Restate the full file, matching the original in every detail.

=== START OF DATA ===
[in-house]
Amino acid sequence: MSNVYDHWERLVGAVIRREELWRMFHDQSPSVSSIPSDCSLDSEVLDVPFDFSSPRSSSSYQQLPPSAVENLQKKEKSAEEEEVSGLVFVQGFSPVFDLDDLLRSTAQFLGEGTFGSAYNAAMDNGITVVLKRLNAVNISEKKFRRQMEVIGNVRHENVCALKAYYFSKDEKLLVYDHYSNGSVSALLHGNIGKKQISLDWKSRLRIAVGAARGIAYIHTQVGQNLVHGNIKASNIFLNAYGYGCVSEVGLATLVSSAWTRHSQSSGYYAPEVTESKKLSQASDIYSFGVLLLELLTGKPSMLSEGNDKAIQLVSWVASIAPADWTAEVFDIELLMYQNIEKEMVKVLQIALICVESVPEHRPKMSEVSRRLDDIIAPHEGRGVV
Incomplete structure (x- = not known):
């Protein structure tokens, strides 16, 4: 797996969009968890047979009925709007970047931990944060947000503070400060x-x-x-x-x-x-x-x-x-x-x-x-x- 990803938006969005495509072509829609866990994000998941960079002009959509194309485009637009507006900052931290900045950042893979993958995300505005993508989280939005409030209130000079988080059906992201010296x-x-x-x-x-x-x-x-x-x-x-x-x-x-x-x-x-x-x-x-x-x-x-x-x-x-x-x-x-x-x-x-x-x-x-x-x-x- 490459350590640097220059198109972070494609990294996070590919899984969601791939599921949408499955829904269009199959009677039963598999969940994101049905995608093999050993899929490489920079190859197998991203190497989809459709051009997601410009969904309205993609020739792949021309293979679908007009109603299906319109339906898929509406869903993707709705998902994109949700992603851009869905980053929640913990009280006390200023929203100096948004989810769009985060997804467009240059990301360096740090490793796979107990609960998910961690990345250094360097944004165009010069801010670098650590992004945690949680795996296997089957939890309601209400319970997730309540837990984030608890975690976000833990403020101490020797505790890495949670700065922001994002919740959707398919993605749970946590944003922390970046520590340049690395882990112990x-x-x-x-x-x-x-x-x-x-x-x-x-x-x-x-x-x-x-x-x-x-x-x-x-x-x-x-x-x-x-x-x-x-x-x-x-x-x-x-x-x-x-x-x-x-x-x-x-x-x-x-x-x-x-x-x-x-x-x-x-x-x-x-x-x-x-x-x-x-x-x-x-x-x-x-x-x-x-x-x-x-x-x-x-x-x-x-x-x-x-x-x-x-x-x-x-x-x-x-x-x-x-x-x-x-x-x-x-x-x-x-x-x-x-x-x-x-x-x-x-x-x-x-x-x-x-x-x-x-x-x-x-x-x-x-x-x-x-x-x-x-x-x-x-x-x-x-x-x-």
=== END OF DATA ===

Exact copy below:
[in-house]
Amino acid sequence: MSNVYDHWERLVGAVIRREELWRMFHDQSPSVSSIPSDCSLDSEVLDVPFDFSSPRSSSSYQQLPPSAVENLQKKEKSAEEEEVSGLVFVQGFSPVFDLDDLLRSTAQFLGEGTFGSAYNAAMDNGITVVLKRLNAVNISEKKFRRQMEVIGNVRHENVCALKAYYFSKDEKLLVYDHYSNGSVSALLHGNIGKKQISLDWKSRLRIAVGAARGIAYIHTQVGQNLVHGNIKASNIFLNAYGYGCVSEVGLATLVSSAWTRHSQSSGYYAPEVTESKKLSQASDIYSFGVLLLELLTGKPSMLSEGNDKAIQLVSWVASIAPADWTAEVFDIELLMYQNIEKEMVKVLQIALICVESVPEHRPKMSEVSRRLDDIIAPHEGRGVV
Incomplete structure (x- = not known):
């Protein structure tokens, strides 16, 4: 797996969009968890047979009925709007970047931990944060947000503070400060x-x-x-x-x-x-x-x-x-x-x-x-x- 990803938006969005495509072509829609866990994000998941960079002009959509194309485009637009507006900052931290900045950042893979993958995300505005993508989280939005409030209130000079988080059906992201010296x-x-x-x-x-x-x-x-x-x-x-x-x-x-x-x-x-x-x-x-x-x-x-x-x-x-x-x-x-x-x-x-x-x-x-x-x-x- 490459350590640097220059198109972070494609990294996070590919899984969601791939599921949408499955829904269009199959009677039963598999969940994101049905995608093999050993899929490489920079190859197998991203190497989809459709051009997601410009969904309205993609020739792949021309293979679908007009109603299906319109339906898929509406869903993707709705998902994109949700992603851009869905980053929640913990009280006390200023929203100096948004989810769009985060997804467009240059990301360096740090490793796979107990609960998910961690990345250094360097944004165009010069801010670098650590992004945690949680795996296997089957939890309601209400319970997730309540837990984030608890975690976000833990403020101490020797505790890495949670700065922001994002919740959707398919993605749970946590944003922390970046520590340049690395882990112990x-x-x-x-x-x-x-x-x-x-x-x-x-x-x-x-x-x-x-x-x-x-x-x-x-x-x-x-x-x-x-x-x-x-x-x-x-x-x-x-x-x-x-x-x-x-x-x-x-x-x-x-x-x-x-x-x-x-x-x-x-x-x-x-x-x-x-x-x-x-x-x-x-x-x-x-x-x-x-x-x-x-x-x-x-x-x-x-x-x-x-x-x-x-x-x-x-x-x-x-x-x-x-x-x-x-x-x-x-x-x-x-x-x-x-x-x-x-x-x-x-x-x-x-x-x-x-x-x-x-x-x-x-x-x-x-x-x-x-x-x-x-x-x-x-x-x-x-x-x-």